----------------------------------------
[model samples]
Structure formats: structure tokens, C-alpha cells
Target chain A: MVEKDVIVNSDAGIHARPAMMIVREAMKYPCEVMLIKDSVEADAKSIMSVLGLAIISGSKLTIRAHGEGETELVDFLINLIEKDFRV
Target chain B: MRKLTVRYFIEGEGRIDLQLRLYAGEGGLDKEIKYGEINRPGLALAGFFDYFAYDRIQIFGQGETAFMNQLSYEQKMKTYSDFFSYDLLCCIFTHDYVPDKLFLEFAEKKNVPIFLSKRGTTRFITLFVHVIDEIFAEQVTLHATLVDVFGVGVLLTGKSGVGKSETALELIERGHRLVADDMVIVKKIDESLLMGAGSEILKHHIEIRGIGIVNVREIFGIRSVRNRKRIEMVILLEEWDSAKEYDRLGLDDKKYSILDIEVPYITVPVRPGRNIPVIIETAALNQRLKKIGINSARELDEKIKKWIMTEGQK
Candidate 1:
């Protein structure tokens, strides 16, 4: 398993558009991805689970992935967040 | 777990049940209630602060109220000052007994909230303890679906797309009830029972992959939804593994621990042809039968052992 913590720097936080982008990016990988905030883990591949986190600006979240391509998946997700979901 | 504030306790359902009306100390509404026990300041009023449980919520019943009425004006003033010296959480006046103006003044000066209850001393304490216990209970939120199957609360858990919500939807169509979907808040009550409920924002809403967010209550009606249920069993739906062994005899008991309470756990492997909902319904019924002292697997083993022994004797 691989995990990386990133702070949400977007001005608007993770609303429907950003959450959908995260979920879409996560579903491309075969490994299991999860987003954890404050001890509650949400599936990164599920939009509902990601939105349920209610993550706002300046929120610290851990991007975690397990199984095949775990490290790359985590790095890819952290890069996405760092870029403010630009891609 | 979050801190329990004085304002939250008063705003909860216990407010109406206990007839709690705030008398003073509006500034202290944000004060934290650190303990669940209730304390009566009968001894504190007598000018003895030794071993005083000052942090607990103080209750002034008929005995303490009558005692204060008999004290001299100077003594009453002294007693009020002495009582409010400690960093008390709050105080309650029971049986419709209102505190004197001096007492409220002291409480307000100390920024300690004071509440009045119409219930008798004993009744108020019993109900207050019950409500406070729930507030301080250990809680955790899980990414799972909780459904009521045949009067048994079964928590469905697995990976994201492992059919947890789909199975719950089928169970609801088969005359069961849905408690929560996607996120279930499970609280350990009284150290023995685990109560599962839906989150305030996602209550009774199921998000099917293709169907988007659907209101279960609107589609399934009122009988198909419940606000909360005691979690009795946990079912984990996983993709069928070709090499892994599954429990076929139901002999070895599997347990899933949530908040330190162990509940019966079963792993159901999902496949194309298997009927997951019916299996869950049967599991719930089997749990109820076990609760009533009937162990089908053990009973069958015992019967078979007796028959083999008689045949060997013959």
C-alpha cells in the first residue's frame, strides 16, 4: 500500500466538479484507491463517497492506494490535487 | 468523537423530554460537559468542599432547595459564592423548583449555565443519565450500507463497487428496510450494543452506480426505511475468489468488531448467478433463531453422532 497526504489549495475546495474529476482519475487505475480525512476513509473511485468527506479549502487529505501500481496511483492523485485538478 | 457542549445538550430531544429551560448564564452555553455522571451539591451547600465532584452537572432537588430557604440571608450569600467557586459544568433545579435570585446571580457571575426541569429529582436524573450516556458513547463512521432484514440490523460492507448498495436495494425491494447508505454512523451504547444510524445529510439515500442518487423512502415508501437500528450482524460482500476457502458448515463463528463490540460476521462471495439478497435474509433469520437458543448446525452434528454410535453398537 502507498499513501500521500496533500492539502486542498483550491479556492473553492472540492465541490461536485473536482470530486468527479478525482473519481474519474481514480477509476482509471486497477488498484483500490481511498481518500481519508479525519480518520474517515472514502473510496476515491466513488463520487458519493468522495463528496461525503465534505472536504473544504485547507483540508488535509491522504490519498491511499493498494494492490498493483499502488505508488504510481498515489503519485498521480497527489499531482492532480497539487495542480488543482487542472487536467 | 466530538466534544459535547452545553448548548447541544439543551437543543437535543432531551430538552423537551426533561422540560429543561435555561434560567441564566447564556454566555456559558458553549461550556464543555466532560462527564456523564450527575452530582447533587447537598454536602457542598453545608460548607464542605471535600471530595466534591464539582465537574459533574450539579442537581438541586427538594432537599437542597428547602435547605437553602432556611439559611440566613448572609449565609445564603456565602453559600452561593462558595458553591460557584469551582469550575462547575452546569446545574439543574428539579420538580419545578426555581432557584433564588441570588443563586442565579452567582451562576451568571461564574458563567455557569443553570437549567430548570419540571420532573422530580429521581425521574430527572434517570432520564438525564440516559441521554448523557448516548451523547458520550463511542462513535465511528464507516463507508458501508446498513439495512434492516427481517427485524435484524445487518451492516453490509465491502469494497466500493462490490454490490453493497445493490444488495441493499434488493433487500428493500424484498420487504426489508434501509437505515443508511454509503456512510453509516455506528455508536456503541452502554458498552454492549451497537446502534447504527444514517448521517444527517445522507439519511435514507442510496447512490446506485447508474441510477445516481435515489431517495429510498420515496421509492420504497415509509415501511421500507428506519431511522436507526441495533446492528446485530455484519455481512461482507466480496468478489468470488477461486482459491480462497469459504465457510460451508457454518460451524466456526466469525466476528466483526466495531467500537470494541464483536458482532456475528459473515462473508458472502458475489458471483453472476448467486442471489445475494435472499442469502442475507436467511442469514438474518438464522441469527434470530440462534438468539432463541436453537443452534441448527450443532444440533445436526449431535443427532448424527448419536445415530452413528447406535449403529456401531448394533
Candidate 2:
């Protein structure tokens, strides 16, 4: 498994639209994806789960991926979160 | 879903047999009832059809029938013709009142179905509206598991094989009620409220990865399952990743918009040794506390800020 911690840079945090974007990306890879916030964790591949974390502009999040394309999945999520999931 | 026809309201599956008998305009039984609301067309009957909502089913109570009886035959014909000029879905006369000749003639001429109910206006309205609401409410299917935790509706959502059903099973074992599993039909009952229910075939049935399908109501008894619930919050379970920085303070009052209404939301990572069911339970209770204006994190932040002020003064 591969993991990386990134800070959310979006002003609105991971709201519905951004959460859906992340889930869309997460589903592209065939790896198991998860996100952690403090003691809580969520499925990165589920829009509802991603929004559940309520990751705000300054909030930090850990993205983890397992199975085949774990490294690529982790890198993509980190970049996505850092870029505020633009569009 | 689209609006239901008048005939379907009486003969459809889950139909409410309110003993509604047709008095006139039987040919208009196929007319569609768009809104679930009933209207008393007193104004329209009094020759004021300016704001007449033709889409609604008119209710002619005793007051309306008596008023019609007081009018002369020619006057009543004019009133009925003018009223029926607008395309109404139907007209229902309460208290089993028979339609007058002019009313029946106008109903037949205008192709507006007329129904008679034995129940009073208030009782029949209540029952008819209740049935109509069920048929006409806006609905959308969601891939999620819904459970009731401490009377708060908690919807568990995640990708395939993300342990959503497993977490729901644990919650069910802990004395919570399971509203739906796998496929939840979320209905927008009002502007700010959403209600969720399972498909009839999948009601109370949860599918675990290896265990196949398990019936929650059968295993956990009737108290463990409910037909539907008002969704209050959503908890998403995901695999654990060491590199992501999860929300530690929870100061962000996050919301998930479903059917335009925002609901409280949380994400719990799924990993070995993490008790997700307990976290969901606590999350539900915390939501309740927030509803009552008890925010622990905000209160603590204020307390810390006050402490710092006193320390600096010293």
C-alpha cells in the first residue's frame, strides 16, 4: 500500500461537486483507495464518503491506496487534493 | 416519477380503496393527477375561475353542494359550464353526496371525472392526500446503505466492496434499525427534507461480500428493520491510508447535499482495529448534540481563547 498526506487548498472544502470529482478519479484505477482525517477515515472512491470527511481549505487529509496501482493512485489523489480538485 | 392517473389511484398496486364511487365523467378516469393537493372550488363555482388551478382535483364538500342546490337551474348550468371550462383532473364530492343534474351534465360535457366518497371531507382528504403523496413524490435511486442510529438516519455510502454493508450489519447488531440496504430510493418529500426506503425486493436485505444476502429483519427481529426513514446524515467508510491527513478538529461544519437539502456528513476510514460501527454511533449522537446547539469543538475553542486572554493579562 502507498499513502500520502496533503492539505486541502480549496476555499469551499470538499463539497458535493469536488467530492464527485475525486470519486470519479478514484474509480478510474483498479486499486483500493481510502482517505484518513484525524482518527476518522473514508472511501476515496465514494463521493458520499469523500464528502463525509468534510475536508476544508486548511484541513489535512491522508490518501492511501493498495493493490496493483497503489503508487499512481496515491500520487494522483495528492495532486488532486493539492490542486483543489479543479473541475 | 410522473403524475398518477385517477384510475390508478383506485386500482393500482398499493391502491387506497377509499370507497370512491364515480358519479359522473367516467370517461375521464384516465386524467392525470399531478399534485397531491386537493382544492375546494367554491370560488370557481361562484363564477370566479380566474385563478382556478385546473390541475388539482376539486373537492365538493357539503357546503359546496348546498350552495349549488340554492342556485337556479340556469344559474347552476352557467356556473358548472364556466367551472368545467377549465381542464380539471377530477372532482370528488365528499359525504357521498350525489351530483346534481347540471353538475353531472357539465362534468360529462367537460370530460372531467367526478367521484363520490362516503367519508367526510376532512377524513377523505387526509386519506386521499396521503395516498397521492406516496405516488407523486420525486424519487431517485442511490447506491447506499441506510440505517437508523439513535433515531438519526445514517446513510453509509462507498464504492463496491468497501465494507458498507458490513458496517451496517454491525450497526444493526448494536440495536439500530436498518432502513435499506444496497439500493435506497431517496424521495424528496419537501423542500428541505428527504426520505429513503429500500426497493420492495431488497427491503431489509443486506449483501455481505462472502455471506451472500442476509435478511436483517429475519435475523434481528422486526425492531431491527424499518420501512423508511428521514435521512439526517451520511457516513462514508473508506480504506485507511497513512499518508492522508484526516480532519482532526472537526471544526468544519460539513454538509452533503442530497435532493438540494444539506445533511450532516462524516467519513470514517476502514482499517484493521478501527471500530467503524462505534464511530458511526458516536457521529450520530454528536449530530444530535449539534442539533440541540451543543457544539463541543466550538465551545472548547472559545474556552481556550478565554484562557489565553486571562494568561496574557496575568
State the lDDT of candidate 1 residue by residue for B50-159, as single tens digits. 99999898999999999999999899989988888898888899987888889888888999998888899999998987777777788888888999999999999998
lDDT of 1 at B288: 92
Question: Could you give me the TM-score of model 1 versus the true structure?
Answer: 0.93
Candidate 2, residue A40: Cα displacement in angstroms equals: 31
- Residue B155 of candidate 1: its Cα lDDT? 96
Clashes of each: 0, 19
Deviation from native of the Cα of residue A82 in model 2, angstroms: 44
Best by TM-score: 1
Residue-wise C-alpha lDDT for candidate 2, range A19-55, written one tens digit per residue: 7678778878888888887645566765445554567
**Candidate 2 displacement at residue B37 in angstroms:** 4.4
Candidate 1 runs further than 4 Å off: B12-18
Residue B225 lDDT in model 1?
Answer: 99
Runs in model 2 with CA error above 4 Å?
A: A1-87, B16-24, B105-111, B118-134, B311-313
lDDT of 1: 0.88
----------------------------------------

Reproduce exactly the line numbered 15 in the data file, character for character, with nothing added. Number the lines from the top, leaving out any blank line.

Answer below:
Candidate 2, residue A40: Cα displacement in angstroms equals: 31